China rages over Taiwan's 'disgraceful' act with Aussie neighbours
China says Taiwan officials have been derided by the international community after they attempted to join Pacific islands' delegations at a United Nations conference last week.
On Monday China's Foreign Ministry spokesman Zhao Lijian said the move to try and 'sneak into' the United Nations Ocean Conference in Lisbon by joining the Tuvalu and Palau delegations opened Taiwan up to ridicule, calling such an act "disgraceful and degrading".
Taiwan's exclusion from United Nations events has been highly-publicised in recent years, with Taiwan, a democratic island state claimed by Beijing, refused membership to the World Health Organisation during the Covid pandemic due to the "One China" policy.
Taiwan is largely excluded from international organisations that have China as a member.
"There is only one China in the world and Taiwan is a part of China," Mr Zhao reiterated once again.
"The one-China principle is a basic norm governing international relations and the common consensus of the international community.
"Under the one-China principle, Taiwan has no right to participate in the activities of inter-governmental organisations such as the United Nations and its specialised agencies because such activities are limited to sovereign states."
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Mr Zhao stated interference from some countries who support Taiwan would not have any impact on the one-China principle.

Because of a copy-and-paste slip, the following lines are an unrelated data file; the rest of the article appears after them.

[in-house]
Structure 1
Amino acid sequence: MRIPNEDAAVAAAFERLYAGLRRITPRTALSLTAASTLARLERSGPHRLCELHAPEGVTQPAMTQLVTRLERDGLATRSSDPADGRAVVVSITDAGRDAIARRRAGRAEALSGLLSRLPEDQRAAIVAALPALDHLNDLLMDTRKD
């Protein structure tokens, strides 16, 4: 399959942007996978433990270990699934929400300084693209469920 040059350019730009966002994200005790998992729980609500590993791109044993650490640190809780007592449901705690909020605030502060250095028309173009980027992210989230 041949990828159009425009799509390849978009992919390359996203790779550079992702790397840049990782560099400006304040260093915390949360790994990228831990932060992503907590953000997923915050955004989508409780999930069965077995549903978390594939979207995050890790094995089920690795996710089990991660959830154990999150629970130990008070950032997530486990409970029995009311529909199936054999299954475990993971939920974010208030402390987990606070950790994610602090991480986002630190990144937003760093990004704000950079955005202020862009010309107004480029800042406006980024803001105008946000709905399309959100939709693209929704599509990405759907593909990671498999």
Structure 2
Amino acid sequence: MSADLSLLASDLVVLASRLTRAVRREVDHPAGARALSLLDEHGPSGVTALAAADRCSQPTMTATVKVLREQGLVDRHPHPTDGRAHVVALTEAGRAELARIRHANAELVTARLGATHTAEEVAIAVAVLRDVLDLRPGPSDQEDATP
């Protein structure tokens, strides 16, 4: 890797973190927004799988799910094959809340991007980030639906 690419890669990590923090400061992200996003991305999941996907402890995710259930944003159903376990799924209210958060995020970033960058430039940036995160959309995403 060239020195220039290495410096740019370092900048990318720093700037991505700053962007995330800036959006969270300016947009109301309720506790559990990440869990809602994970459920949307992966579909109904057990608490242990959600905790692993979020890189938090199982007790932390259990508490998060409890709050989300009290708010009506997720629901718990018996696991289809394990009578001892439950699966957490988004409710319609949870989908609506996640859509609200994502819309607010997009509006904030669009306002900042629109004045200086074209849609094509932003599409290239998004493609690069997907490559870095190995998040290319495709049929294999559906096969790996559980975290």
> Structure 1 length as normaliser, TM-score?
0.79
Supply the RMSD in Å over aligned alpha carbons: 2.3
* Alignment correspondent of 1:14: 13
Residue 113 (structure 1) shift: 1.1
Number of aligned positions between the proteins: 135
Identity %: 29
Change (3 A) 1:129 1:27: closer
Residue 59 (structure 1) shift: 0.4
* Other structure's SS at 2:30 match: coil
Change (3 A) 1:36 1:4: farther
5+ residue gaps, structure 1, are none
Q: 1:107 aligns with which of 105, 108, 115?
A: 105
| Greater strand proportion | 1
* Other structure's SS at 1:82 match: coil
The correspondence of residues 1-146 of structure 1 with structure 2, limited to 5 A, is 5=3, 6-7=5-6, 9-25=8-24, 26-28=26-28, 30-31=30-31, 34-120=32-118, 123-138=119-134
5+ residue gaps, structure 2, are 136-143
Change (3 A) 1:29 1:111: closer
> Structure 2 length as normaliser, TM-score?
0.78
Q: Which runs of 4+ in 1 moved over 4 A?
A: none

"It is inevitable that the Taiwan authorities will fail in its attempt to sneak into such an international conference. The degrading and disgraceful act by the Taiwan authorities has already been ridiculed by the international community."
But a US delegate said it is a long-standing practice that each member state can decide the composition of its delegation, and it should have been up to Tuvalu and Palau to decide whether to include people from Taiwan.
"No credential committee should have pressed them to remove those individuals from their delegations," the US delegate said.
Pacific islands continue to drive Taiwan message
Pacifc island nations have found themselves at the centre of a strategic struggle as China looks to expand its control over the region. Australia, which has traditionally supported Pacific island nations, has rejected Beijing's advancements which came in the shape of a sweeping security deal.
The deal was eventually rejected in May as several nations pushed back on the move.
Tuvalu Foreign Minister Simon Kofe withdrew from the UN conference last week after China challenged the accreditation of three Taiwanese delegates included in Tuvalu's delegation.
Mr Kofe has made global headlines before after a striking image of him standing ankle-deep in the sea to illustrate that Tuvalu was "sinking" for his climate conference address.
On Friday, a representative from the tiny Pacific nation of Palau hit out at the United Nations over what it deemed a "violation of our sovereign rights".
"Ocean issues are global issues and we call on all of us to work together without discrimination," they said.
"The UN has excluded the 23 million people of Taiwan from the conversation."
On Monday, Taiwan's Ministry of Foreign Affairs thanked Palau for its support.
"Although we condemn China for bringing pressure on our Pacific allies Palau and Tuvalu to make changes to their list of delegates, Taiwan will continue to work with our partners and allies around the world to combat the pollution of our oceans and to make progress towards the #30by30 goal," it said in a statement.
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